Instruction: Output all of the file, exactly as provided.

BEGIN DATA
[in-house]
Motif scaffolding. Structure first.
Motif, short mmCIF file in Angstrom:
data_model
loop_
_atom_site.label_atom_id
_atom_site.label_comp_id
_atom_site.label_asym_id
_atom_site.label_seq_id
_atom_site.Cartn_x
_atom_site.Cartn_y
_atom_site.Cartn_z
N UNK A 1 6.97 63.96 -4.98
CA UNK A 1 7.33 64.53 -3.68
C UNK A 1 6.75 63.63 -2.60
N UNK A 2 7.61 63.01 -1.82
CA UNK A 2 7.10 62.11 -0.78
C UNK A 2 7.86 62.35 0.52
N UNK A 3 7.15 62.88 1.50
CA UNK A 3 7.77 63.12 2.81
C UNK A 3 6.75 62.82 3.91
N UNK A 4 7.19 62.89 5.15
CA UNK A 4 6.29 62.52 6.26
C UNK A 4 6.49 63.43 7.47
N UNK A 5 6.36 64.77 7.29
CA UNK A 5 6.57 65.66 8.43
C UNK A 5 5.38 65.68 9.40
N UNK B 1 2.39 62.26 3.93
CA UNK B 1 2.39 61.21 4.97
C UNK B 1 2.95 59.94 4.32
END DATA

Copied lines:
[in-house]
Motif scaffolding. Structure first.
Motif, short mmCIF file in Angstrom:
data_model
loop_
_atom_site.label_atom_id
_atom_site.label_comp_id
_atom_site.label_asym_id
_atom_site.label_seq_id
_atom_site.Cartn_x
_atom_site.Cartn_y
_atom_site.Cartn_z
N UNK A 1 6.97 63.96 -4.98
CA UNK A 1 7.33 64.53 -3.68
C UNK A 1 6.75 63.63 -2.60
N UNK A 2 7.61 63.01 -1.82
CA UNK A 2 7.10 62.11 -0.78
C UNK A 2 7.86 62.35 0.52
N UNK A 3 7.15 62.88 1.50
CA UNK A 3 7.77 63.12 2.81
C UNK A 3 6.75 62.82 3.91
N UNK A 4 7.19 62.89 5.15
CA UNK A 4 6.29 62.52 6.26
C UNK A 4 6.49 63.43 7.47
N UNK A 5 6.36 64.77 7.29
CA UNK A 5 6.57 65.66 8.43
C UNK A 5 5.38 65.68 9.40
N UNK B 1 2.39 62.26 3.93
CA UNK B 1 2.39 61.21 4.97
C UNK B 1 2.95 59.94 4.32